UV-Mapped Label is Truncated

I’d like to post this in works-in-progress, but not until this technical problem is solved.

I have an aluminum can and a .png image for a label. In the following screen capture, in the upper right 3D view, you can see some of the can mesh points selected (orange) and defined as a vertex group. I have a nice (but not yet finished) metal material for the whole can, and another material using an image texture for that special vertex group. Note that the top and bottom points are near the rims of the can.

The render in the big window, however, shows the label graphics going only so far, falling short of the rims by a large margin.

I can cheat and pull the vertices in the UV view out, and see all the contents of the label, but still the graphics on the can is confined to the same truncated zone.

Here is my material nodes for the label material, and a view of the label image, which has about a 10:1 aspect ratio:

I thought maybe vector mapping was clipping the image, but that doesn’t explain it. That affects what is seen in the render, within the zone where Blender does bother to paint the image’s pixels, but it is not clear why that zone is truncated to less than the vertexes selected and assigned this texture. Is this a bug in Blender? Or did I forget some secret setting?

I have a vague memory of dealing with a problem like this in Blender some time ago, but don’t remember enough to find anything online.

Cats all over the world are counting on someone finding a solution to this problem!

The subdivision is the culprit. In modifier tab try to uncheck subd. UV. You can see what is happening if you check the subsurfaced mesh in edit mode.

Hope it helps.

Crease a bit.

Have you checked ‘subdivide UVs’?

@DruBan: i was tinkering with this checkbox on modifier tab - it had no effect on this. Am i doing something totally wrong or this should be considered bug?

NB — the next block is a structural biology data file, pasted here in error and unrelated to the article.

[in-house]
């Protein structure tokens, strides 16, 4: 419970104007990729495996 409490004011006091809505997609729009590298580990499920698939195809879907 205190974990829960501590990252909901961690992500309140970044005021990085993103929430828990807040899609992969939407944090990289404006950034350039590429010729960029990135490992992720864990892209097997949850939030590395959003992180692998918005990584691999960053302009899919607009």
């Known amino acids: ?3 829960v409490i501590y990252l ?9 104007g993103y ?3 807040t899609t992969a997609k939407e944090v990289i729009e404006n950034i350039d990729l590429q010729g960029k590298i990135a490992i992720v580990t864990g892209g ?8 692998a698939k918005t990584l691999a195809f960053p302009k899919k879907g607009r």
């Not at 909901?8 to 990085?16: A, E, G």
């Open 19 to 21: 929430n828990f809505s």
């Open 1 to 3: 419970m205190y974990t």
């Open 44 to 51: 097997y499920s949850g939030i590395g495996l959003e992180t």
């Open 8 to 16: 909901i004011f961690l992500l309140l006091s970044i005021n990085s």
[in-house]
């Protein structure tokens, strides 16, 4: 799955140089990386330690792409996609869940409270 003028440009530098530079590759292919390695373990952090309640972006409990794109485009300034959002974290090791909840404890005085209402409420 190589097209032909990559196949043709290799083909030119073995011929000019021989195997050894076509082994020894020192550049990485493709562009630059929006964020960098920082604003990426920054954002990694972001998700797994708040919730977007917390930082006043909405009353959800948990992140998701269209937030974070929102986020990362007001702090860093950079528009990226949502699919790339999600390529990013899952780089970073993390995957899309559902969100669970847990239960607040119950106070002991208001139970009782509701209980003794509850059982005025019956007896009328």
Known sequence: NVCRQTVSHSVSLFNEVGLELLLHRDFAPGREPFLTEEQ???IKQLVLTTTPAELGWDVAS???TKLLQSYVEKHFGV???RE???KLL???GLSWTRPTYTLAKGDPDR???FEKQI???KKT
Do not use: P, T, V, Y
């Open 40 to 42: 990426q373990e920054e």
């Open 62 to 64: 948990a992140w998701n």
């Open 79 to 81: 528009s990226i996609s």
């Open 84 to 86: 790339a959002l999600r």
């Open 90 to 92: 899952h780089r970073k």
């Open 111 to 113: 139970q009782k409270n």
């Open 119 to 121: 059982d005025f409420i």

Just something to try… It may matter only if you unwrapped BEFORE you added the modifier, did you try that? Also there might be an issue with the scale being applied after the unwrap. Can’t tell which of these without the blend, all the answers are possible but only one of them applies to the OP, right?

Good answers, at least upon reading them. But which bits of advice will work in this case? I don’t recall if I applied the subdivide before or after the UV work. I have the Subdivide UV checked on. Turning it off, no change.

What worked just now: adding a few more loop cuts around the side of the can.

3D artists using Blender are the smartest and most generous people in the world!

Now to make labels for some other interesting (to cats) “flavors”…

My not so educated guess would be that Subsurf stretch should be some kind of squared function of distance between loops. More you add loops, smaller it gets. Cons - you get more geometry. I’d say, add creases.
Can’t freely bet on eating my hat (not that i use it a lot or it is my object of pride); usual thing i do is Unwrap and only then add Subsurf. I was a bit shy to share stolen from this thread original texture (scientific reasoning - keep experiment clean ;)) on top of that, so file is absent. If scale is not applied before unwrap blender throws warning message - did not see that coming this time either.

@Eppo It’s not broken or buggy, but effect is subtle in some cases and obvious in others…

Cylinder subdivided to the third power, top image with 'subdivide UVs checked, bottom one without that option.

@OP: glad you got it to work but an 80K polygon can is getting way up there for no good reason!


Guess, another proof that 2x2 can be 5 and that 2+3 and 3+2 is not always equal 5 . Thanks for the effort - i liek that house :wink: !

Interesting example, that round house.

Yeah, the can model has a few more polys than truly necessary, but oh well. Once the final images are made, it’s just a small cluster of magnetic blips on the disk, not as small as could be. Maybe I’ll put the mesh on TurboSquid, in which case it’ll be wise to simplify it some.